EU dampens Ukraine plea for 'immediate' membership despite strong support

The Ukrainian flag flutters along side the European Union flag in Brussels, on Feb 28, 2022. PHOTO: AFP

BRUSSELS (AFP) - The European Union on Monday (Feb 28) poured cold water on a plea from Ukrainian President Volodymyr Zelensky for "immediate" membership to the bloc despite strong support from eastern EU states.

EU officials stressed that the adherence procedure takes years, dampening Ukraine's hopes that suddenly becoming part of the European club could help it better weather the Russian invasion and speed up military, financial and political support.

Several officials walked back a comment by European Commission chief Ursula von der Leyen that appeared to hold out the prospect of Ukraine being admitted.

"They are one of us and we want them in," she told Euronews in an interview on Sunday, after emphasising existing EU-Ukraine cooperation.

Mr Zelensky seized upon that on Monday to appeal to the European Union "for the immediate accession of Ukraine via a new special procedure".

"Our goal is to be together with all Europeans and, most importantly, to be on an equal footing. I'm sure it's fair. I'm sure it's possible."

Ukraine's bid has received strong support from member states in eastern Europe.

"Today, when the Ukrainians heroically defend themselves against Russian aggression it's high time to welcome Ukraine into the EU community," Polish Foreign Minister Zbigniew Rau tweeted on Monday.

"Poland will provide all necessary assistance to Ukraine's accession process," he said.

The presidents of eight eastern European countries also signed a letter saying that "Ukraine deserves the perspective of EU accession".

They urged EU members to "enable EU institutions to take steps towards an immediate granting of the status of an EU candidate country to Ukraine, and to start the process of accession talks".

Aspirants wanting to join the bloc typically face a long and complex process that often requires major reforms to reach EU standards.

They also have to prove that their finances are heading in a direction that will allow them to adopt the euro.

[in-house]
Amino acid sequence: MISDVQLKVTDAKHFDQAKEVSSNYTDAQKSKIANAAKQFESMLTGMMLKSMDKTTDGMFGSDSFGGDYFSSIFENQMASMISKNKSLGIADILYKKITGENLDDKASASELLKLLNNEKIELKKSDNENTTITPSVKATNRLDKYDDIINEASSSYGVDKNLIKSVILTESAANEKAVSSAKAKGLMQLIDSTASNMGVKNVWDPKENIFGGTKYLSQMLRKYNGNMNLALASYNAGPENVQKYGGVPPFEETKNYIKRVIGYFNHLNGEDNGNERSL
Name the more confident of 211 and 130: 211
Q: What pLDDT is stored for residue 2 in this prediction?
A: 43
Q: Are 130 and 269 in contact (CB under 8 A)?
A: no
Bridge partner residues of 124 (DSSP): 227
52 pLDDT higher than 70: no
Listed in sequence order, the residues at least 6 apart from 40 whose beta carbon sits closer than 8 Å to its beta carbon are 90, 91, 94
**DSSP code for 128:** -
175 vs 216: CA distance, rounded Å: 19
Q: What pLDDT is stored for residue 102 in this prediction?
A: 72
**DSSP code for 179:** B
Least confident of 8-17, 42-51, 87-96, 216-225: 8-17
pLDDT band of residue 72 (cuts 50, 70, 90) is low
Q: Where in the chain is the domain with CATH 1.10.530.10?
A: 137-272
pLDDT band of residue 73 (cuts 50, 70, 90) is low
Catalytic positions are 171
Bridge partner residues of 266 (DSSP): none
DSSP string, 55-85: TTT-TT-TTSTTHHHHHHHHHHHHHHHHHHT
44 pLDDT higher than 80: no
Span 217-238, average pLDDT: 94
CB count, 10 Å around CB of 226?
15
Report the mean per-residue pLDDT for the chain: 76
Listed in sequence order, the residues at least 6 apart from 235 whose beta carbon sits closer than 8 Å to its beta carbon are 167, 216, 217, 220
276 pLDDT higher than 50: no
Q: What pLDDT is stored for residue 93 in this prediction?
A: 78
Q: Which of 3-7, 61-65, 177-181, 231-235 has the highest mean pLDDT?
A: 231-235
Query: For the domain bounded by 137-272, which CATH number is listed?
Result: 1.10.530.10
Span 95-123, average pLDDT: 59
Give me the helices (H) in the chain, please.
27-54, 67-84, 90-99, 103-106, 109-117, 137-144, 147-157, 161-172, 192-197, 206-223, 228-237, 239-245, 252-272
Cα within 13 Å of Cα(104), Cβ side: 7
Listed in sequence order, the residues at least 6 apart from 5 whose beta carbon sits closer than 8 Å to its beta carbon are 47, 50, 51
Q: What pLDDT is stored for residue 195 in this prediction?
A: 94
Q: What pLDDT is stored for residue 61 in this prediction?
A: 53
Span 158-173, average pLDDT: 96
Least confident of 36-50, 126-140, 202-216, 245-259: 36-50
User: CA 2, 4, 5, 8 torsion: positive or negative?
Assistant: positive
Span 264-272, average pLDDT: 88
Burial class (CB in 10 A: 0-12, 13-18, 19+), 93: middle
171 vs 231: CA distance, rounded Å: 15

EU foreign policy chief Josep Borrell said that any bid for membership could take "a lot of years".

Von der Leyen's spokesman, Eric Mamer, walked back her comments, telling journalists that the EU chief meant that Ukraine "is a European country and we want them in, meaning Europe in general".

EU 'sensitivities'

The European Commission said that, in any case, it can only negotiate with hopeful candidate countries on the basis of a mandate from the EU's 27 member states - something it has not received for Ukraine.

"At the end of the day, this is a debate at the highest political level, for the (European) Council," where the member states take decisions, said a commission spokesman Ana Pisonero.

The president of the European Council, Charles Michel, told a group of journalists that there were already longstanding disagreements among EU countries on enlarging the bloc.

"There are different opinions and sensitivities within the EU on enlargement," he told a group of journalists.

He said Kyiv would have to submit an official request to join before member states - which would have to greenlight membership unanimously - could come up with a position.

According to Mr Zelensky's Telegram channel, the Ukrainian president signed such a request on Monday.

The European Union, created by six nations under a different name in 1957, has expanded in four waves over the past three decades. After Britain's exit from the bloc in 2020, it counts 27 member states.

There are currently five countries that are candidates to join - Turkey, Serbia, North Macedonia, Montenegro and Albania - but their bids have been stuck in limbo for years.

The last country to join the EU was Croatia, which was admitted in 2013 - after nearly a decade of negotiations and reforms.

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